All this produces an extremely dangerous situation: instead of disclosing how the present emerged from a comprehensible past and how it is now moving toward an intelligible future – like the political ideologies born out of the French Revolution (a progressive one culminating in a liberating revolution, and an apocalyptic one ending with the natural order of things restored) – libertarian dogma, by fetishizing the present – here and now! – prevents any revisions when political developments happen, as they always do, to threaten its plausibility. One should look no further than the current denialism around the issue of global warming to see how destructive this kind of present moment utopianism can be. Has the obsessive non-judgmentalism of the proponents of the Mindfulness Industry something to do with the maintenance of this apolitical libertarian utopia of our age? Would it be an exaggeration to state that both of those contemporary trends serve to immobilize the masses in the illusory cage of the present, thus preventing what is most needed today: mobilization and movement against the unjust and catastrophic status quo?
One might also ask who exactly (besides former cell biologist Ricard) belongs to this group of more than 100 monastics participants in the scientific experiments at the University of Wisconsin-Medison and other universities? Why, as serious followers of the path leading to liberation from the bondage of this-worldly experience, do they even care to subject themselves to mundane scientific investigation? Why do they strive to share their religious know-how with the lay world, something that was unimaginable to premodern x-Buddhist monastics and especially to the tiny sliver of the sangha that actually practiced meditation in permanent solitary retreat? What agenda do this group of monastics led by the Dalai Lama really represent today? Aren’t they a part of the modernist transnational spirituality that first emerged in the late nineteenth century as a way, as David McMahan says, “to enchant the secular disciplines that early Buddhists modernizers used in staking their terms.” (p. 15)? Aren’t they part of the pet project of an emerging transnational educated elite who have the capacity to introduce it into the global mediascape? As McMahan further reminds us, “it is among this population that the new Buddhism of enchanted secularity has grown for over a century and continues to thrive today.” (p. 18) It begs the question as to why this elite is taking such an interest in bringing those other-worldly monastics into laboratories to have their brains scanned? Is the noble intention to help all beings find happiness the only reason for all of that?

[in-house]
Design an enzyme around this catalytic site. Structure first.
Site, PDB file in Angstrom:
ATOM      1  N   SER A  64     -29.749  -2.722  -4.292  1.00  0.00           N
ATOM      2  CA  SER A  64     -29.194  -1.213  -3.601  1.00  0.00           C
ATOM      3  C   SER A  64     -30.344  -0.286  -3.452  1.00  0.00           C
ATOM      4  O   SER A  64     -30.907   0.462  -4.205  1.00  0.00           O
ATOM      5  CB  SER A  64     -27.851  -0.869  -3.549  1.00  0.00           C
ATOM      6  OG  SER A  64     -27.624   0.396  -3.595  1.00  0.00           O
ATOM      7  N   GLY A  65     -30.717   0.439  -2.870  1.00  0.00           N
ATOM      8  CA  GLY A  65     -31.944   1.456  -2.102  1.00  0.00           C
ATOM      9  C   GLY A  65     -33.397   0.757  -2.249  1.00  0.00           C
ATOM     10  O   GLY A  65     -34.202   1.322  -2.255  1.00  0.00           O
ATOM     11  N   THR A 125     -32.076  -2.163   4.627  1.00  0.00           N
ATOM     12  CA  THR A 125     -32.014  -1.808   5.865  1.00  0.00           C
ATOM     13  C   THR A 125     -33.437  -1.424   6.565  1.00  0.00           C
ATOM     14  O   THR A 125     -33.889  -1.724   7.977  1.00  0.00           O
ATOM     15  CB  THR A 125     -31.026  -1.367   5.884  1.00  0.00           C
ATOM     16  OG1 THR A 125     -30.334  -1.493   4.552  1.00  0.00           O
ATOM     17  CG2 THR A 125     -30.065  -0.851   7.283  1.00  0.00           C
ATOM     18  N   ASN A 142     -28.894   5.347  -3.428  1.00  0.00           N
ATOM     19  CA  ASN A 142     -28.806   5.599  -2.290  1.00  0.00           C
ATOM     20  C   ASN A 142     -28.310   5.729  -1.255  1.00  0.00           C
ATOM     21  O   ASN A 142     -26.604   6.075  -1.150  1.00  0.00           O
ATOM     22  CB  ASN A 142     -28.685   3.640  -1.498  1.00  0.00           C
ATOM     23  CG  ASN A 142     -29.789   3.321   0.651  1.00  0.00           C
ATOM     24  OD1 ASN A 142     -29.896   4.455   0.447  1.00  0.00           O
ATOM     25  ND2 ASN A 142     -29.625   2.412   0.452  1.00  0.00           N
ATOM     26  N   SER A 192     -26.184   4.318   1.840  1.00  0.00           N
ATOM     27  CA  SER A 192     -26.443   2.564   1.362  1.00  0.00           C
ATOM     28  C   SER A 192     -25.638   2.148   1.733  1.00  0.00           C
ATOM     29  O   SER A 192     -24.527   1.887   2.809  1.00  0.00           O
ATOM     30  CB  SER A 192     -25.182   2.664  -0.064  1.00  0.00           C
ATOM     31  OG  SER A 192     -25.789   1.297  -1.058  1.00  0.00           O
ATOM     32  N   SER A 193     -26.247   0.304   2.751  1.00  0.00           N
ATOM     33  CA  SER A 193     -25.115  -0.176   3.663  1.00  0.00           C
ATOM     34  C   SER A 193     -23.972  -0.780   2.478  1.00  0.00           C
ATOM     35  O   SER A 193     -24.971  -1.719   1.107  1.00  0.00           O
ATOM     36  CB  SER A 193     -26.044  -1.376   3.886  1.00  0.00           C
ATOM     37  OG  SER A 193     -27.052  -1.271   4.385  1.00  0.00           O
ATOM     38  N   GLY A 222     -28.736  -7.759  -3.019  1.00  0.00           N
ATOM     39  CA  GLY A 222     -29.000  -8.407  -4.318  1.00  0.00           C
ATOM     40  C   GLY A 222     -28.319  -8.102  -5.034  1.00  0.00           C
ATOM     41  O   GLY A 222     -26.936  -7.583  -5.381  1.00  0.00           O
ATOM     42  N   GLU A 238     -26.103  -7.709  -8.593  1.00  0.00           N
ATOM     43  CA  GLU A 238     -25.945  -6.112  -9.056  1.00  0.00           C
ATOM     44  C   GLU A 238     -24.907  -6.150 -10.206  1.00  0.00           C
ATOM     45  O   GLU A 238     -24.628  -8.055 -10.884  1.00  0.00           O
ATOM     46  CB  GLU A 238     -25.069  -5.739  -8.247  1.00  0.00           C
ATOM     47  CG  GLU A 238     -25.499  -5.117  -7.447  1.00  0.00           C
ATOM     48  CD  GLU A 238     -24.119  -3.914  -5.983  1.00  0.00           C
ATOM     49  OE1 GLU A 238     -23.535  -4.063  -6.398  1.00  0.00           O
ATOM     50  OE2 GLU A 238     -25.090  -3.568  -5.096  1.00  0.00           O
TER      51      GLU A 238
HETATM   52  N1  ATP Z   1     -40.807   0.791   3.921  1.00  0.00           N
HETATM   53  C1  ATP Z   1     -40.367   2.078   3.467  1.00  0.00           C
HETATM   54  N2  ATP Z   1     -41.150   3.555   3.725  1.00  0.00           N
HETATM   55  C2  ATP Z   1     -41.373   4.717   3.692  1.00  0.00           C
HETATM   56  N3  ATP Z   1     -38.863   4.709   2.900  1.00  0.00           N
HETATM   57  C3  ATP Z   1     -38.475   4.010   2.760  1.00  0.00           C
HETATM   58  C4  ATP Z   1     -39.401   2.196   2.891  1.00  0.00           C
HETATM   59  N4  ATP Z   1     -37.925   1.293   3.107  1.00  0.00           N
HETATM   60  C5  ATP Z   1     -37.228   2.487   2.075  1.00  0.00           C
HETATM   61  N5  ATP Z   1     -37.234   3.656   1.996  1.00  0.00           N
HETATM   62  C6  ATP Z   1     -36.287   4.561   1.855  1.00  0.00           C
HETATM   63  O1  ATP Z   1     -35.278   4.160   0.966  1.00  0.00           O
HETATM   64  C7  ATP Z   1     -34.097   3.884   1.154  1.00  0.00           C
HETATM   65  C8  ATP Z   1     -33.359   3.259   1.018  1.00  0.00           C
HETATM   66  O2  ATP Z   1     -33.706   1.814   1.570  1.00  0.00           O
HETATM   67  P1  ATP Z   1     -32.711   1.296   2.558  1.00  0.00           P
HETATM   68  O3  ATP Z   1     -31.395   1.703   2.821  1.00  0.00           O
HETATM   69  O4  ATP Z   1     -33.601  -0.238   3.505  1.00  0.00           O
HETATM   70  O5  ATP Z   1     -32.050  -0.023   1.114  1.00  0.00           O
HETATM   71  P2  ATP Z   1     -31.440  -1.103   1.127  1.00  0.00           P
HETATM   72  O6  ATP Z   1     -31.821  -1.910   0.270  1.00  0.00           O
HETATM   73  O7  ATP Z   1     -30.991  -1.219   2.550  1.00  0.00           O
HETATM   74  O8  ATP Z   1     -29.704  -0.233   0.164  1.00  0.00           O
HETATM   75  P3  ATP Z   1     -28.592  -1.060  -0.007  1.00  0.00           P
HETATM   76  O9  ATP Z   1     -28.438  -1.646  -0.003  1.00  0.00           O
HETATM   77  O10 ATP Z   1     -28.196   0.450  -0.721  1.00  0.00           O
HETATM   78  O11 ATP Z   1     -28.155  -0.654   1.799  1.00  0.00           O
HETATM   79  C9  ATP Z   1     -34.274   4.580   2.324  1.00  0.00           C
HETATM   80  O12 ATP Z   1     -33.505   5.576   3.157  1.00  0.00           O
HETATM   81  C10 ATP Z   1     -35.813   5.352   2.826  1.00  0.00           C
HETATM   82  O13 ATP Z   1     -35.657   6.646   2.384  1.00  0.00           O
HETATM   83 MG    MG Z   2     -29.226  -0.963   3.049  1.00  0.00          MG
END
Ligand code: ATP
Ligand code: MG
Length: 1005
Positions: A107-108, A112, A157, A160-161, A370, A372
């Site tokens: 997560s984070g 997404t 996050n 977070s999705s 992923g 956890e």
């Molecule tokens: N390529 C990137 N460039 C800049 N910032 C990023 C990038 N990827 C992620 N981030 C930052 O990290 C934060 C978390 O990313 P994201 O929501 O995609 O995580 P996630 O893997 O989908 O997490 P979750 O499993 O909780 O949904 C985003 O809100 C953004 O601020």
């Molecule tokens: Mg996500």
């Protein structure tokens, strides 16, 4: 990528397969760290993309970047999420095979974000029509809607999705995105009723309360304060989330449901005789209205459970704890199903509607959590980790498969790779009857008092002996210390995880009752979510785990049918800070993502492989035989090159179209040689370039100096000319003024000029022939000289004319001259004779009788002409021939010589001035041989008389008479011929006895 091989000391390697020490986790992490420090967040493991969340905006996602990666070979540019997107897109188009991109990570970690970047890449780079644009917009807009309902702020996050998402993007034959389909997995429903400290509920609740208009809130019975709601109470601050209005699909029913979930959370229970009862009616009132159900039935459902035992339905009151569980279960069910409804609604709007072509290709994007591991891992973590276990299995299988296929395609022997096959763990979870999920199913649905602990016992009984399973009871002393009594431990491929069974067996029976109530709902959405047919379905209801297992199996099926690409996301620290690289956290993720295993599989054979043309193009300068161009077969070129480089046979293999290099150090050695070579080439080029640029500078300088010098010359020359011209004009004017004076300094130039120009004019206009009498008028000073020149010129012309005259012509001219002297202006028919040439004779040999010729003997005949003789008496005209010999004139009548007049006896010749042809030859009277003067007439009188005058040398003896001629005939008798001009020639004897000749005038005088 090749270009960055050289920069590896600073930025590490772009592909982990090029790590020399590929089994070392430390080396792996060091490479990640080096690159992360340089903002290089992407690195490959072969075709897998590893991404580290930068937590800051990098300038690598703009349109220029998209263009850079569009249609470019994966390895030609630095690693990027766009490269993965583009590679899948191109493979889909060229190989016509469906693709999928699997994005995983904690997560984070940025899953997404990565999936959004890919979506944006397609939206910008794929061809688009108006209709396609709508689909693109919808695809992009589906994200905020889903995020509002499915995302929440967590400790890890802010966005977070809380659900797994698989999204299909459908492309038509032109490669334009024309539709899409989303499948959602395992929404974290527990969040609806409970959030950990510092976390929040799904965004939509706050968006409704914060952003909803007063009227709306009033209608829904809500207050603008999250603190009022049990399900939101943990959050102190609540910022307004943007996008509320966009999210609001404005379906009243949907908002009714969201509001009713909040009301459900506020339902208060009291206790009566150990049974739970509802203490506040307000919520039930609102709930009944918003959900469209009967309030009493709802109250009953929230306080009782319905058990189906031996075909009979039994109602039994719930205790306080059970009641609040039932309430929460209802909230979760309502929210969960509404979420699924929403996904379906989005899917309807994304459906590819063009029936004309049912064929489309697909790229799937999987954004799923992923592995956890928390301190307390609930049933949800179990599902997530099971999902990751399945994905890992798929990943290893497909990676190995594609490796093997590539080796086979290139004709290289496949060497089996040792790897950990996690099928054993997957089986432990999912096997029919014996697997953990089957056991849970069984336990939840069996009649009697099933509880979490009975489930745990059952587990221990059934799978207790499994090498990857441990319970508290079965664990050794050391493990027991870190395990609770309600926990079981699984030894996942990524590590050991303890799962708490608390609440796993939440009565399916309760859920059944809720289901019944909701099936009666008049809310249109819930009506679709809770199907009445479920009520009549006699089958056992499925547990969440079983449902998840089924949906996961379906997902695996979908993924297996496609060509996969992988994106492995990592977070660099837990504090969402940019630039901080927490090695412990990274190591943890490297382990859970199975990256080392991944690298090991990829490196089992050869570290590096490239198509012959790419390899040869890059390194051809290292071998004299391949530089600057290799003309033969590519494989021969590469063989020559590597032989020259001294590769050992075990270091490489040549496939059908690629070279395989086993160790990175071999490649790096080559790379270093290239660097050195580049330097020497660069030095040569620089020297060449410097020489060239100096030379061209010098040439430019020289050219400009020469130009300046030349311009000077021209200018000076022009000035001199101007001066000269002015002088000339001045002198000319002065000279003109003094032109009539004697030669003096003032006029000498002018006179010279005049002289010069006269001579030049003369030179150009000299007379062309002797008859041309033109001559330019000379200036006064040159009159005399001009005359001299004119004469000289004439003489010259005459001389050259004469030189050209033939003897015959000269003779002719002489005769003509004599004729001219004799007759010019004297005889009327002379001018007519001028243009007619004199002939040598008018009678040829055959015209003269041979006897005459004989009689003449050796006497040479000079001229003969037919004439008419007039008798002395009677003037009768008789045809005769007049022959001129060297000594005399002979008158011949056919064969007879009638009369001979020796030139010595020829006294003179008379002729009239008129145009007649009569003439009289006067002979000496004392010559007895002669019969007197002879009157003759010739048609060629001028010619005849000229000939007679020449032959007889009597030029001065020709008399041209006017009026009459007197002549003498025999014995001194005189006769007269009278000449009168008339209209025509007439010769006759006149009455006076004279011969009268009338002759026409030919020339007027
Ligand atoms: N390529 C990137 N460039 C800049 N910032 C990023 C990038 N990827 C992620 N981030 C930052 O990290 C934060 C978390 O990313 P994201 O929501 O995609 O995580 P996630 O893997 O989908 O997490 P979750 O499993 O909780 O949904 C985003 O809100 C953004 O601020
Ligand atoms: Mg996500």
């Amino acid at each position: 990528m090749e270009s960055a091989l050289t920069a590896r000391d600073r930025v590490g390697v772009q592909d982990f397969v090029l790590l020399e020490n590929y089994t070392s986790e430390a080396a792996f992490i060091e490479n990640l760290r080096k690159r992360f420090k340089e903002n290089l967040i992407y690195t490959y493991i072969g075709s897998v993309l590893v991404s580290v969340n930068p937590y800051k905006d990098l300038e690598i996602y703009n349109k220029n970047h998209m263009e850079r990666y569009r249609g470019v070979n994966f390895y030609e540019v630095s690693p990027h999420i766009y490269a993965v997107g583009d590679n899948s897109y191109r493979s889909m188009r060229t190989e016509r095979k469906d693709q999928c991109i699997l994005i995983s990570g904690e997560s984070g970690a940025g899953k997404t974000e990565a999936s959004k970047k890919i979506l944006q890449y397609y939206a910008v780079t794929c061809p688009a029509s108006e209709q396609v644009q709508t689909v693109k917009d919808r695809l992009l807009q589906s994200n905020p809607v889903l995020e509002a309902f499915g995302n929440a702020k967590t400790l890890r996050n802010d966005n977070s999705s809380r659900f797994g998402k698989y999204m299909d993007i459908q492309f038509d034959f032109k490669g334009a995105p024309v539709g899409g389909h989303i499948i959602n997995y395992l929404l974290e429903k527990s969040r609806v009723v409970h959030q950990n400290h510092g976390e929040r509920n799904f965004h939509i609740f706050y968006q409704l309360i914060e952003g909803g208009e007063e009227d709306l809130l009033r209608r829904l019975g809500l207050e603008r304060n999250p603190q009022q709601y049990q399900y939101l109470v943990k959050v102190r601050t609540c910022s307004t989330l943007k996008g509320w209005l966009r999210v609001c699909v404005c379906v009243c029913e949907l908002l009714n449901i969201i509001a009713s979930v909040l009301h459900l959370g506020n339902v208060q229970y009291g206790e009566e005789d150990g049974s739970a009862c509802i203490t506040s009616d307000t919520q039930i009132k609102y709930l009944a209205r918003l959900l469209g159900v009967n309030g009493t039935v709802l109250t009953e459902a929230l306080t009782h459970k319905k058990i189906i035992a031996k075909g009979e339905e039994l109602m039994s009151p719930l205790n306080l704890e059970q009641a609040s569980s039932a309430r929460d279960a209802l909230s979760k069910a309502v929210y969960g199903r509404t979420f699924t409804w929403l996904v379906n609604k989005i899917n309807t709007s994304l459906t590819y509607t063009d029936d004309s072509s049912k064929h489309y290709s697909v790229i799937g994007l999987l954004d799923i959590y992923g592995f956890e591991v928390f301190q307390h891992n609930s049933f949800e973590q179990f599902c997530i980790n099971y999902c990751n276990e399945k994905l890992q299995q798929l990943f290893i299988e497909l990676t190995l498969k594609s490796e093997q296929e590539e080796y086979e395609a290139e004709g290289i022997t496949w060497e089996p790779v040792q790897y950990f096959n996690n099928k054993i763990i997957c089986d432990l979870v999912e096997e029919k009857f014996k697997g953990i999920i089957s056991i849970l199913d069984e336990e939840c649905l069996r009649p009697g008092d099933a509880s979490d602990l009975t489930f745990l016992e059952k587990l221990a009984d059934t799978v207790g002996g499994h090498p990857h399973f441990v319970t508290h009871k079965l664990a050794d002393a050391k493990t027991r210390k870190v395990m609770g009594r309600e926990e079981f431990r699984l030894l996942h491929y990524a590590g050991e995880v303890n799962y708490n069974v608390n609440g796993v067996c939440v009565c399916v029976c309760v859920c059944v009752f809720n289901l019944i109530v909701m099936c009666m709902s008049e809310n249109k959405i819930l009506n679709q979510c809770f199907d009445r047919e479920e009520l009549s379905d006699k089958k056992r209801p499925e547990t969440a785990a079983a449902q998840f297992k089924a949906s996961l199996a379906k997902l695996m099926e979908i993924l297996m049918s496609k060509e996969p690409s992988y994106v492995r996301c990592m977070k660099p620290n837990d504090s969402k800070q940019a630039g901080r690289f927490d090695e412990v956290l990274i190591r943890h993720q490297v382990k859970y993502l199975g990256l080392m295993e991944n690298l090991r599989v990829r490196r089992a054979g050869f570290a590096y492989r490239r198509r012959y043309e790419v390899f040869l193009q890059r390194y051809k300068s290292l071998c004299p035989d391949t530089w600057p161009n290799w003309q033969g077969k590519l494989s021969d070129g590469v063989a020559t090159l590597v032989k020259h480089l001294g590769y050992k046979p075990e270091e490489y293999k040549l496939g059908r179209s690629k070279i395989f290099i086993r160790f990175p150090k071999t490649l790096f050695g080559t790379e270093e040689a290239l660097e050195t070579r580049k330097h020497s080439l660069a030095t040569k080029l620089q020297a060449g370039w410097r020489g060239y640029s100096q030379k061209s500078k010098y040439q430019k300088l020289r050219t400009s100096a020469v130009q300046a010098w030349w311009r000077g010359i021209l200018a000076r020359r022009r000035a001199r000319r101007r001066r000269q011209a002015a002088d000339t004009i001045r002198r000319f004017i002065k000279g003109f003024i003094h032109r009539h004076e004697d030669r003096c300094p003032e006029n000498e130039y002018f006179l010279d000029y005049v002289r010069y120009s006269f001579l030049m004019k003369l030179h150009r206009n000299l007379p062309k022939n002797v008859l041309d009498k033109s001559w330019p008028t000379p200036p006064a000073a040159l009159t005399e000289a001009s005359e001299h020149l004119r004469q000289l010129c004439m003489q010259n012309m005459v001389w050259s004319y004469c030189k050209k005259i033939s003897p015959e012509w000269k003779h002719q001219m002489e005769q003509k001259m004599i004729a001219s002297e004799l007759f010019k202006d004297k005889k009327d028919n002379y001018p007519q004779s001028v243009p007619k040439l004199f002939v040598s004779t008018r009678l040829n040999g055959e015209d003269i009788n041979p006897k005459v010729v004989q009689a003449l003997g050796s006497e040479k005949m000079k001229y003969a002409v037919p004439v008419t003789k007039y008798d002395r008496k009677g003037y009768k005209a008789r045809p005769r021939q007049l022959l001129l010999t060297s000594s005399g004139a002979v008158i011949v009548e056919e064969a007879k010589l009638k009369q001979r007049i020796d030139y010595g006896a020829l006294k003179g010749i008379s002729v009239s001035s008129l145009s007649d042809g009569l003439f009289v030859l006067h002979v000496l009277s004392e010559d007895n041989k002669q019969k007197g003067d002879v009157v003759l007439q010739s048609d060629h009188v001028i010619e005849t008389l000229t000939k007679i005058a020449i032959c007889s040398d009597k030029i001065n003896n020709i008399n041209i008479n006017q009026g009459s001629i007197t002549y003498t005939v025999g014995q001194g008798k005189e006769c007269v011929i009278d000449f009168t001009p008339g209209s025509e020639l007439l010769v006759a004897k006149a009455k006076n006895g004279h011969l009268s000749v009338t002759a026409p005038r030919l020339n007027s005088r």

But before we get to what is determining such an undertaking, lets first ask one simple question which might force itself upon a reader who is not so ideologically blinded: aren’t the remarkable results presented in The Mind of the Meditator self evident? One of the article’s important points is about “meditation’s benefits” evidence which show up in magnet resonance imaging as “neuroplasticity”. Reading through the article one wonders if the findings about neuroplasticity are not, at this stage, just trivial. Wouldn’t it be an expected outcome that a being, which depends in its life functions on physical features, shows changes in these features when actualizing and indeed specializing certain areas of its contingency. Has anybody ever tested the brain of a dog trained to find explosives or drugs, in comparison to a dog which rarely leaves its owner’s sofa? An owner, furthermore, who sits there smoking crack and watching soaps all day long? And what does the brain of a crack smoker looks like in comparison to a London cab driver with 1000s of hours of driving practice? If we then read that “physical changes in the brain – an altered volume of tissue in some areas – occur through meditation,” so what? And if we read on and learn that practitioners “also experience beneficial psychological effects such as the ability to react faster to stimuli and show themselves to be less prone to various forms of stress,” again: so what? There are a myriad of examples of how humans learn to react faster and better, more efficiently and with less stress in relation to their environment. Remember Zen at War by Brain Victoria. In this book Victoria portrays Zen soldiers who developed remarkable indifference to the suffering of their enemies and who were able to kill at will without hesitation and remorse. Zen already proved how remarkable meditation can be. And regarding the development of human skills in relation to their environment, we don’t have to search far either. European sailors like James Cook were astonished at the ability of their indigenous pilots to navigate open waters in the Pacific. An Aborigine can live without a problem in the Australian desert, a place where no white man would ever put his foot without a great deal of preparation and support. People navigated to the moon with barely the equivalent of a Commodore 64 computer on board. People climb the highest mountains with only the clothes they stood in. They count Pi to the 1000s decimal… not to speak of those on this planet who are forced to live under exceptionally bad conditions and who have to learn to interact with stimuli which would cause us to immediately collapse. So what is so new in the exceptional feats of those guinea piggy meditators, apart from the fact that “they react faster to stimuli and are less prone to various forms of stress”? The answer is, there is nothing exceptional in the findings as presented here by the Scientific American. The “In Brief” at the bottom of page 40 is just plain common knowledge. As it has been said about x-buddhism: It is putting nothing in boxes and selling it.